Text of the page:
Jim Carlsen ’81 J.D. had practiced law in a variety of settings, from working in a large firm to serving as in-house corporate counsel. Although he greatly enjoyed his career, the driving force behind the places he worked was always the bottom line.
“In large firms and corporations,” Carlsen says, “you frequently take money from people with a lot of money and give it to other people with a lot of money.”
Though grateful for the many opportunities his employers had provided to hone his skills, after Carlsen retired he was eager for the chance to make more of a difference.
A volunteer opening with The Veterans Consortium Pro Bono Program (TVC) provided just the opportunity for Carlsen—a veteran himself who had served in a variety of legal roles for the U.S. Marine Corps—bringing him out of retirement and into an encore career where he could make an impact.
Based in Washington, D.C., TVC recruits and trains attorneys to represent veterans or their family members who have filed appeals at the U.S. Court of Appeals for Veterans Claims. Carlsen found himself spending an increasing amount of time volunteering with the organization as a senior fellow, and when the executive director resigned in March 2019, he accepted an offer to serve in that role.
As part of his work with TVC, Carlsen helped create a program that's now one of the two primary services the organization offers—the Discharge Upgrade Program.
“Increasing numbers of service members have received bad discharges based on mental health-related issues,” Carlsen says. “These mental health issues, many of them trauma-induced, can lead to behavioral problems that result in service members receiving other-than-honorable discharge. The consequence being that they are not considered to be veterans, even if they served in combat, and they receive no benefits from the Veterans Administration.”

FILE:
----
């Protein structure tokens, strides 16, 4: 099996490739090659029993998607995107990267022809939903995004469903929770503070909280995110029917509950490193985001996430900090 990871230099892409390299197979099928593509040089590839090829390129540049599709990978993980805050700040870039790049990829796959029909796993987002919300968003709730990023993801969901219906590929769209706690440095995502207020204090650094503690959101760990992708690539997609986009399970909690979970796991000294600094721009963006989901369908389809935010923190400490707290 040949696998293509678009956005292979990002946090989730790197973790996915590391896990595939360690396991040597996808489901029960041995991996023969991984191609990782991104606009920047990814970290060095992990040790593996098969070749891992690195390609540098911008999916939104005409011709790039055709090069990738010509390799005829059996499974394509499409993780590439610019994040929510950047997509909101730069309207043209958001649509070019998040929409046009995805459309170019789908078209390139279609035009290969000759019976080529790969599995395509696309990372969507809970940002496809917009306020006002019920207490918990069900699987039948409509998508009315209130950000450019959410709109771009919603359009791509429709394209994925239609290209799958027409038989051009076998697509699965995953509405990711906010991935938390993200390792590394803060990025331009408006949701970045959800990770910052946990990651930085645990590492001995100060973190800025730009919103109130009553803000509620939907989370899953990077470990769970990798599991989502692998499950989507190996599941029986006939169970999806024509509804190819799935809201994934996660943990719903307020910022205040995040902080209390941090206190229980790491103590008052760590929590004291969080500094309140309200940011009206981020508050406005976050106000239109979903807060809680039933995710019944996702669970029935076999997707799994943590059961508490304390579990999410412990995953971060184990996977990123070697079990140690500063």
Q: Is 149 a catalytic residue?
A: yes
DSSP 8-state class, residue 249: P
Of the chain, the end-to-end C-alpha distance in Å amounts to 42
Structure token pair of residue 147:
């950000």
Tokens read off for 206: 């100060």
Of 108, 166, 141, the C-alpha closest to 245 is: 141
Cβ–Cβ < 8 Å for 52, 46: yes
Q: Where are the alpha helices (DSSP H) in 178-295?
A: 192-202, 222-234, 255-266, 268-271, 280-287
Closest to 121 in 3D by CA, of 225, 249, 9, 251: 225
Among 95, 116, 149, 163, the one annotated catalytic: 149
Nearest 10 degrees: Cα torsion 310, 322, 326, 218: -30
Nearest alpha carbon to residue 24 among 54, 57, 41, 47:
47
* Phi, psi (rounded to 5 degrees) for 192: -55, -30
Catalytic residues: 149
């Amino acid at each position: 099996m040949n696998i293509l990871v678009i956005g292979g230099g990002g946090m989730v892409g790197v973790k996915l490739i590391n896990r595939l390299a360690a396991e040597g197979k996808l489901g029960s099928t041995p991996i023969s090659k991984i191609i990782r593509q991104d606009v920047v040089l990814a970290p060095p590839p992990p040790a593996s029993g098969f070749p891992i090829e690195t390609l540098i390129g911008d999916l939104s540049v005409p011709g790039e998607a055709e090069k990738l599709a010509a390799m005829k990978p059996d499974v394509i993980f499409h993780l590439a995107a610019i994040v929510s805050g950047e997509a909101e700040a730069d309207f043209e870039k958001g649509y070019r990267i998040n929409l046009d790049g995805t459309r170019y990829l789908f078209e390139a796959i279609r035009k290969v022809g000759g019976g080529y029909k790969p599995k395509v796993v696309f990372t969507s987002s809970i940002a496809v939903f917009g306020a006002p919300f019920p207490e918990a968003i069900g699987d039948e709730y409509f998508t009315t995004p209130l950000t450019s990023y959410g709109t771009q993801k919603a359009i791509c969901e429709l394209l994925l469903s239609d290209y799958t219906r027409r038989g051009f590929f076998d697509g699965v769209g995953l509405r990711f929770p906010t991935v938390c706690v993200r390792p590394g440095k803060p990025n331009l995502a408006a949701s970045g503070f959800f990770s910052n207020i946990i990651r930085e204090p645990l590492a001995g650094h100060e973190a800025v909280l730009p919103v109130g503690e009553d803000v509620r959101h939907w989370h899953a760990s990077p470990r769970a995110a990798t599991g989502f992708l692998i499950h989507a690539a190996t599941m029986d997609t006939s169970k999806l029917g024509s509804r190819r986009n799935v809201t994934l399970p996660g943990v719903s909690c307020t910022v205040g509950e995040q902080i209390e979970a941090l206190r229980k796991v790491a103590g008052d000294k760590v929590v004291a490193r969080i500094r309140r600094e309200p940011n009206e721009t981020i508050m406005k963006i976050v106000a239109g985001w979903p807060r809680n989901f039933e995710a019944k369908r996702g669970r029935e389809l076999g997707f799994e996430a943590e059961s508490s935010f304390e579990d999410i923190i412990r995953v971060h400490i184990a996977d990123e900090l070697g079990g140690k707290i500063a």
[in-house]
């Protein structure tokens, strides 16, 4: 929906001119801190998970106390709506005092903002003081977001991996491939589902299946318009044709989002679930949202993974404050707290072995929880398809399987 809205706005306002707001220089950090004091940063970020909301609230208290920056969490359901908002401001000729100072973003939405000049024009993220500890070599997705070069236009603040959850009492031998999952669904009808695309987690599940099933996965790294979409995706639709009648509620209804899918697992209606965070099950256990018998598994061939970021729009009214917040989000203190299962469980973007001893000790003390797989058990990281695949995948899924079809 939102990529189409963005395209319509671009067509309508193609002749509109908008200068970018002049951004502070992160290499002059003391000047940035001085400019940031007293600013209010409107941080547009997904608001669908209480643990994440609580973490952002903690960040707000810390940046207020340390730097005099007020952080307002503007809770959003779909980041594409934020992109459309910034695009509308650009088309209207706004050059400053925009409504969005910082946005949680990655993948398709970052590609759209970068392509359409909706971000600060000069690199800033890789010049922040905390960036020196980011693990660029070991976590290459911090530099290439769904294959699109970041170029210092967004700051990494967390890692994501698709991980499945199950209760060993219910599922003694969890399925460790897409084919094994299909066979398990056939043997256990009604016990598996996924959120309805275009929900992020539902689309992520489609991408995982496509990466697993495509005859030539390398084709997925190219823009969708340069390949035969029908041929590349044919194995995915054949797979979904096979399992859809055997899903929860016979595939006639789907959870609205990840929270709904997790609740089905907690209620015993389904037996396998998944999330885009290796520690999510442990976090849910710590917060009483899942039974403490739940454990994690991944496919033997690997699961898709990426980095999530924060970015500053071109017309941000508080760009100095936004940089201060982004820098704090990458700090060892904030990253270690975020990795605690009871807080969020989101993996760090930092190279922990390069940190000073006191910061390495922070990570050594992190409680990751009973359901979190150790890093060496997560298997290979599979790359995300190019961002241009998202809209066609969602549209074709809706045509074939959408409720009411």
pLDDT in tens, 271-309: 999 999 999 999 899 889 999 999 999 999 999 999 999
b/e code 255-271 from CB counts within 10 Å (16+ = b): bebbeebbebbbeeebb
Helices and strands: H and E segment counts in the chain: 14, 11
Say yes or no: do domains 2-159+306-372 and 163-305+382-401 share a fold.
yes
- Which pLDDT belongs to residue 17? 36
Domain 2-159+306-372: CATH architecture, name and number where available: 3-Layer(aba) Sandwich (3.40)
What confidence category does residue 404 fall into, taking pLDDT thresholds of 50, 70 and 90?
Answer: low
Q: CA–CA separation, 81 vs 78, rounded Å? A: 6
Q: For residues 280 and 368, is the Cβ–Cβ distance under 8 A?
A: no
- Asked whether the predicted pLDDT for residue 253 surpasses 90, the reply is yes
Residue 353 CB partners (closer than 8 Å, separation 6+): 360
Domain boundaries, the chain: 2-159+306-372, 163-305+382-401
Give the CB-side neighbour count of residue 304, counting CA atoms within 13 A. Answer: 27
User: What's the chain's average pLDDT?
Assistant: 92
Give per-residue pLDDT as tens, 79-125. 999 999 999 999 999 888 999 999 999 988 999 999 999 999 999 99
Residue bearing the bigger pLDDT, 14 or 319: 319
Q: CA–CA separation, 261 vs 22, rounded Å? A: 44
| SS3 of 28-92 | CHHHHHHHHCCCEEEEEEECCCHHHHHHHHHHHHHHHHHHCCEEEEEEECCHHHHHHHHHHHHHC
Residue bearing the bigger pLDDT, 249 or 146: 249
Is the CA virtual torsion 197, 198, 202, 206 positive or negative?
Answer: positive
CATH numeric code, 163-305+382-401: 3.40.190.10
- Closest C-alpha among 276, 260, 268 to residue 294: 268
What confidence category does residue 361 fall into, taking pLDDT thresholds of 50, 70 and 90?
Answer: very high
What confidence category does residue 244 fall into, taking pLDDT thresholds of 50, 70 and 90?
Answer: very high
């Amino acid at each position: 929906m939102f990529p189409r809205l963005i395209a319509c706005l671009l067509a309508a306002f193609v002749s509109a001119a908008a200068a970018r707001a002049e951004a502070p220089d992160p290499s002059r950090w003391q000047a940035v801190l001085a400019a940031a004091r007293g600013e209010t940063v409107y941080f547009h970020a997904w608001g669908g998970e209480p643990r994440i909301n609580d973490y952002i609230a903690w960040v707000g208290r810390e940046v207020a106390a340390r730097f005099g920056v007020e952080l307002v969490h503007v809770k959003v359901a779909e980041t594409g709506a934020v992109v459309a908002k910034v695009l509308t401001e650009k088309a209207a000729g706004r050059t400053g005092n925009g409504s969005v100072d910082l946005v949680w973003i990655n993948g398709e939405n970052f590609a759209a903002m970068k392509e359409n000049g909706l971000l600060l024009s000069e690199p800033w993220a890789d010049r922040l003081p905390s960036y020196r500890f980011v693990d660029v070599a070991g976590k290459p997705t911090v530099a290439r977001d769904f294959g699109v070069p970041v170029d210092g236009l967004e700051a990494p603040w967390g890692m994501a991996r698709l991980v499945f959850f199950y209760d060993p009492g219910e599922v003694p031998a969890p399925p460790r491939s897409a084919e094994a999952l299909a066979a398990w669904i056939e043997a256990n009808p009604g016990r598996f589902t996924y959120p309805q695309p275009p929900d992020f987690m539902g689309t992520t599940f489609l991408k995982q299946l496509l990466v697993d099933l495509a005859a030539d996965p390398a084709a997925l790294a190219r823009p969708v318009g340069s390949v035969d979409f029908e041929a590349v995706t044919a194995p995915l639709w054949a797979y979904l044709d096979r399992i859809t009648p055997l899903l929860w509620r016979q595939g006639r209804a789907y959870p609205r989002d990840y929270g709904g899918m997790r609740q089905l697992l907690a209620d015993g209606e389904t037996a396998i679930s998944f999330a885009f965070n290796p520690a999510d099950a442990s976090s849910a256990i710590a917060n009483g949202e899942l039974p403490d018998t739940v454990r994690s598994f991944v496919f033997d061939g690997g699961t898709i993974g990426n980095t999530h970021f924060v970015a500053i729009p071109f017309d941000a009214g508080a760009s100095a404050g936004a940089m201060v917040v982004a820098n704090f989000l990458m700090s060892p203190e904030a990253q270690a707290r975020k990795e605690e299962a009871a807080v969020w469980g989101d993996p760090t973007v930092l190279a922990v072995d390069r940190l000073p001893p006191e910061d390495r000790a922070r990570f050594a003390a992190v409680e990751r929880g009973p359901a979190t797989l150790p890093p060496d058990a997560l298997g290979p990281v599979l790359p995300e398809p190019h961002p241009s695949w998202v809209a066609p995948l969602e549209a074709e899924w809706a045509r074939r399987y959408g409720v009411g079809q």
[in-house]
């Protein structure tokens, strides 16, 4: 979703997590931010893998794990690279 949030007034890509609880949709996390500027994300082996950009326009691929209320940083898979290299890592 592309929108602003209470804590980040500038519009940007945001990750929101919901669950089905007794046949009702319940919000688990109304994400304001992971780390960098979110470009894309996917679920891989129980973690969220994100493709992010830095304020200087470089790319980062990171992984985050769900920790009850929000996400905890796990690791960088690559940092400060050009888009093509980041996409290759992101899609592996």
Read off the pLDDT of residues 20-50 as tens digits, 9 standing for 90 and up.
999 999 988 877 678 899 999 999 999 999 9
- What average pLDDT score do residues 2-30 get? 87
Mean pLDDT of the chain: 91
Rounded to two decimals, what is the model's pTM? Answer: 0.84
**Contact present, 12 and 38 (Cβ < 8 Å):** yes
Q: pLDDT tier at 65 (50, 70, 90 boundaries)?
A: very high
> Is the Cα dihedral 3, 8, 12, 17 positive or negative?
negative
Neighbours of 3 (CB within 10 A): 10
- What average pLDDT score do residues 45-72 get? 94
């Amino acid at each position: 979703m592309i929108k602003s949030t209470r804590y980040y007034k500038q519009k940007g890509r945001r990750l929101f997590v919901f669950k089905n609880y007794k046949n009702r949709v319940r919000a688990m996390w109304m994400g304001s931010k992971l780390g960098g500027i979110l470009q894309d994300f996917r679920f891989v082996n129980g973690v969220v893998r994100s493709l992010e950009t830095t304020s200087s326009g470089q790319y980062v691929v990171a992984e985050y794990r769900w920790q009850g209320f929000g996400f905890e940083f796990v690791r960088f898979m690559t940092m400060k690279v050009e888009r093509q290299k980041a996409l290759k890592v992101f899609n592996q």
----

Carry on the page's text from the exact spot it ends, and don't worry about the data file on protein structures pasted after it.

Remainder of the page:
Recognizing that a significant percentage of these cases stem from a service-related injury, Carlsen realized TVC could help. The Discharge Upgrade Program specifically represents veterans who have other-than-honorable discharges connected to traumatic brain injury, post-traumatic stress disorder, or military sexual assault.
“We talk to the individuals, we gather their data, we put a case together, and we go to the discharge review boards and get the discharges upgraded to either general or honorable discharge,” Carlsen says.
The result? Clients can receive crucial VA benefits.
“We have had individuals who were homeless and were granted discharge upgrades—with aid from the VA, they are back as functioning citizens,” Carlsen says. “It’s life-changing for these people.”
TVC takes on about 1,400 discharge reviews a year with a high success rate, he says. Not only does the program improve quality of life, but it also restores self-esteem by returning to the former service members the duly earned title of “veteran,” with all the rights and privileges that entails.
Though TVC works with far fewer resources than the multi-billion-dollar corporation where Carlsen worked previously, he says the organization isn’t short on volunteer help. In the 26 years it’s been running, TVC has trained and mentored more than 4,300 attorneys nationwide. Like Carlsen, they take on these pro bono cases because it is clear that the work makes a difference in people’s lives—“legal work with real consequence,” as Carlsen puts it.
“There are a number of folks who really want to help out,” he says, “and there’s a lot of enthusiasm for volunteering.”
And Carlsen is thrilled to be a part of the effort. It’s a fitting capstone to a career that began in 1975, when he joined the Marines Corps as an infantry officer. Carlsen later served as chief defense counsel for the 2nd Marine Division, senior trial counsel for the main island of Japan, and as the senior Marine defense counsel before the U.S. military appellate courts before he transitioned to work in the private sector.
“It’s just tremendously rewarding,” Carlsen says. “I’ve gotten to do some very interesting things on a legal front, but this is one of the most satisfying jobs I’ve had.”